History of the Torch

A Brief Look at How the Torch has Evolved

Story By: Mareena Emran, Advertising Editor

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The Torch magazine wasn’t always the prize-winning, 32 page, full color, hybrid, newsmagazine that it is today. The school’s news used to be delivered to students in a newspaper with around 12 pages and a staff of four writers and four photographers. As the years went by, the newspaper transformed from the minuscule eight to 23 staff members and is read all over the district.

One of the earliest known Torch editions dates back to November 17, 2005. The full name of the publication was actually “The Torch”, and the feature story written was “Cross Country Girls Make a Run for State.” Some secondary coverage included in this edition was “7 Questions”, an interview style column asking seven questions to a student or teacher about their hobbies, favorite sports, and the scariest thing they’d ever done. Student artwork filled the pages of the newspaper, and photos from student events were featured on the last page. Events included: Homecoming, spirit week, the Cross Country meet, the First Fall Ball, and the first play put on by the Spartans which was Dirty Works at the Crossroad.

“The newspaper from 2005 looks like an antique,” first-year Torch staff member Eunbee Chu said. “But the Torch magazine right now is more colorful and features more student stories. The fonts are super basic in the original as well, and if I were reading this back in 2005 I would be interested in the stories but from a modern perspective it looks kind of boring.”

The 2006 edition of The Torch didn’t include very much color either; however, it had a more diverse range of student stories. One eye-catching feature in this newspaper was “What’s Hot”, a collection of fashion items that were staples back in 2006. Some items included wedge sandals, braided accessories, and chandelier earrings.

The Torch continued to print newspapers up until 2013. The 2014-2015 school year called for a huge transition for the publication. This is where the abbreviated “Torch” showed up on a full colored magazine with a nine-membered staff.

“The year before I joined newspaper, the staff at the time made the first magazine style of the Torch for the class’ senior edition. I remember seeing it and getting really excited about being on the newspaper the next year and getting the chance to not only write, but also get to experiment with different designs,” 2017 graduate Kiara Reyes said. “It was really cool to see how people responded to the new format, and over the years, more and more people started to recognize the magazine.”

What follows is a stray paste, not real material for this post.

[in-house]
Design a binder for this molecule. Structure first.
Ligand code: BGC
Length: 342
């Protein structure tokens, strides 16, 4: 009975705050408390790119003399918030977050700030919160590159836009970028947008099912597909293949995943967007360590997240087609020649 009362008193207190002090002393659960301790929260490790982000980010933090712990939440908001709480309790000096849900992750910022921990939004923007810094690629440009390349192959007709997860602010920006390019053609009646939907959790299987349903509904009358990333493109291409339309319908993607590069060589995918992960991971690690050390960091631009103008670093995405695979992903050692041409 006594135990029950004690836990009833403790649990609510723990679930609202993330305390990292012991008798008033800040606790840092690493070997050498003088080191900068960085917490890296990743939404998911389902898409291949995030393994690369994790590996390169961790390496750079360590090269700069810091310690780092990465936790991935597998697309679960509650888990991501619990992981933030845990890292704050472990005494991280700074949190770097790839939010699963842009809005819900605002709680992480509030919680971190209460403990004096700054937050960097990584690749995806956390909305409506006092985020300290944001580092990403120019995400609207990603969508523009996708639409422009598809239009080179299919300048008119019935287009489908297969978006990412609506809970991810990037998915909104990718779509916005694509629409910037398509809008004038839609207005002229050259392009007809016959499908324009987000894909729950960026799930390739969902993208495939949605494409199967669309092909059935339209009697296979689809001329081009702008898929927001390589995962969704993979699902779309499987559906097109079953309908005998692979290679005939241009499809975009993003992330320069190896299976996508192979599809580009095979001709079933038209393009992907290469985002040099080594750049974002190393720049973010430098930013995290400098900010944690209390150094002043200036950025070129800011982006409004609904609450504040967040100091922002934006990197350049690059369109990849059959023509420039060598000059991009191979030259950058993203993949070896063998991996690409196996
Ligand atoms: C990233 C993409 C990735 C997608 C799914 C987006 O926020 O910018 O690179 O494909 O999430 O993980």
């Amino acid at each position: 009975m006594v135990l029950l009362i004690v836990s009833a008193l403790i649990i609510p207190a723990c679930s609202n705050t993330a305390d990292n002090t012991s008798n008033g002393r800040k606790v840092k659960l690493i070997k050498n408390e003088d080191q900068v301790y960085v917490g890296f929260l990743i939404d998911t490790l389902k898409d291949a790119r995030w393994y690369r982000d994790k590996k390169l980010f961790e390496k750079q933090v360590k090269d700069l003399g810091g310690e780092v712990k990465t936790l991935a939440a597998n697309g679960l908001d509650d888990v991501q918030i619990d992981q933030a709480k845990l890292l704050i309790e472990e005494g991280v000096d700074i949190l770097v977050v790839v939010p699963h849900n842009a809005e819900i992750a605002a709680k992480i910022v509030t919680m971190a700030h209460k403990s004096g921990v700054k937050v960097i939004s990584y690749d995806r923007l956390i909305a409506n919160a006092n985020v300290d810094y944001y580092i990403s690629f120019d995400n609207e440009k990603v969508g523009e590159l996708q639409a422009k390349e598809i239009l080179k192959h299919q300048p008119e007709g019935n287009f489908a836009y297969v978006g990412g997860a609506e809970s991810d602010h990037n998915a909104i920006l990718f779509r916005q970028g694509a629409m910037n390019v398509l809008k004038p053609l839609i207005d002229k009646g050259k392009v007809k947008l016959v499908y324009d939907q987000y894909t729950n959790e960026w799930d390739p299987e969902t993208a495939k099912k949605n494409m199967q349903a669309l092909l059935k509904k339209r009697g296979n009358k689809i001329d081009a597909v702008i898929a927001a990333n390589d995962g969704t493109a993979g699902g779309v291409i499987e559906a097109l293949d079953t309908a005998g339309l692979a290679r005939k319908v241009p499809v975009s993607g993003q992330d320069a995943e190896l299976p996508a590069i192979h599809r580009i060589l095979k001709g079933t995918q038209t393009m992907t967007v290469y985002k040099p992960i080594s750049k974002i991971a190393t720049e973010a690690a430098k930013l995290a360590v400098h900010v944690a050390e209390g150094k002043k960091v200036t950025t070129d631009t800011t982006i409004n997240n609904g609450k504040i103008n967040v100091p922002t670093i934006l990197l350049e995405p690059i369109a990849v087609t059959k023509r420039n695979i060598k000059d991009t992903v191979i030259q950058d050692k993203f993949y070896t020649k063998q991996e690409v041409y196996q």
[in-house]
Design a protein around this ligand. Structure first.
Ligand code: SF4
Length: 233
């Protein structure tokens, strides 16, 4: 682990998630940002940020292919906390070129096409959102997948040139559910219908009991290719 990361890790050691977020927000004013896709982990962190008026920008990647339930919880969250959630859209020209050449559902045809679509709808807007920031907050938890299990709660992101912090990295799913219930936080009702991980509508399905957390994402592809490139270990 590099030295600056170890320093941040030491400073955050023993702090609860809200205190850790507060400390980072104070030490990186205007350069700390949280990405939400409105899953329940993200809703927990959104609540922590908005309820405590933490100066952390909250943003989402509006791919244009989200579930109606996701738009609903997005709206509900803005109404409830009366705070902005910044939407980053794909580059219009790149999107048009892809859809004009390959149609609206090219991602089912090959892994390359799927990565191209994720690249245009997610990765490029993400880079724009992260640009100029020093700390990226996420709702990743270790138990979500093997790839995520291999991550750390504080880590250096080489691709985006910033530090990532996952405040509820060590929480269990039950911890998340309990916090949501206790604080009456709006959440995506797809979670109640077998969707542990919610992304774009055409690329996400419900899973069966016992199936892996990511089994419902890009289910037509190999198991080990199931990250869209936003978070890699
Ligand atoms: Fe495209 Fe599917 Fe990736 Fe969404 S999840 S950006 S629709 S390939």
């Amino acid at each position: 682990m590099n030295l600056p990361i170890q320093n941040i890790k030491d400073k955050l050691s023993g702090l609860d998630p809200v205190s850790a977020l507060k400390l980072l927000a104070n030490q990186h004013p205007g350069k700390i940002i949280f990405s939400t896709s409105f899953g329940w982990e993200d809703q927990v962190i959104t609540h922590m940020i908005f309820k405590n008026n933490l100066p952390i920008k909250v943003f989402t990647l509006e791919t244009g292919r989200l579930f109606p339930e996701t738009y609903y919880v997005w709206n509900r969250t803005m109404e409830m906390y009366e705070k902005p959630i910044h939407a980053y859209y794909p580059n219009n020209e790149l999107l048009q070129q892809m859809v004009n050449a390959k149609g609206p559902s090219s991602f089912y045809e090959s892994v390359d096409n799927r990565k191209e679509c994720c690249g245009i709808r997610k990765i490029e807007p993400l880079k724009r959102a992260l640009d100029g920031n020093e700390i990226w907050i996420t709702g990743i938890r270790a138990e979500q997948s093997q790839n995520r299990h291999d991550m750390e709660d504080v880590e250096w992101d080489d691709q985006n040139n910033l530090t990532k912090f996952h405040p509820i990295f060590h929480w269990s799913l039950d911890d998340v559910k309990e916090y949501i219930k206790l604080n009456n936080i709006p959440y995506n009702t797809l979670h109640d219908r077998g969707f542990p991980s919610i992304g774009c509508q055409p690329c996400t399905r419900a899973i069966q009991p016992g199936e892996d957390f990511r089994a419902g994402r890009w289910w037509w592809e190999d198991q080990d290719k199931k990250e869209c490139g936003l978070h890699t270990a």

Reyes was a layout editor in the first ever Torch magazine, which featured articles such as “College Apps Advice”, an editorial piece titled “Menu Mayhem” about the restricted calorie foods that the school offered at lunch at the time, and a feature piece about the tragic suicide of Robin Williams. The publication’s first ever issue was dedicated to Williams in which a portrait of him was laid out on the cover, along with the quote, “being in the same room with people and creating something together is a good thing.”

Since 2015, the magazine went through many different design phases, and ultimately, became a vivid, eye-catching publication with stories ranging from the school’s events, politics of modern-day America, editorials on social injustices, and even the possible extinction of bees.

“The next two years (after the first four issues of the Torch came out), I definitely noticed that a lot more people were excited about seeing the magazines when they came out, and with a bigger staff, we were able to have more stories and ideas that people were excited to read about,” said Reyes.

The Torch magazine also did a special edition on the August 2017 superstorm Hurricane Harvey and won second place in the National Scholastic Press Association’s Best of Show category.

The Torch magazine has a bright future ahead of its recent website implementation in 2016. The staff has an editor for the online edition, who regulates and publishes works of SLHS Press daily. The print edition carries two co-editors in chief, two copy editors, and an advertising editor who regulates the number of pages and spending costs within the publication. The full staff of 23 work together to create the Torch magazine and the Torch online for all students to view anytime.

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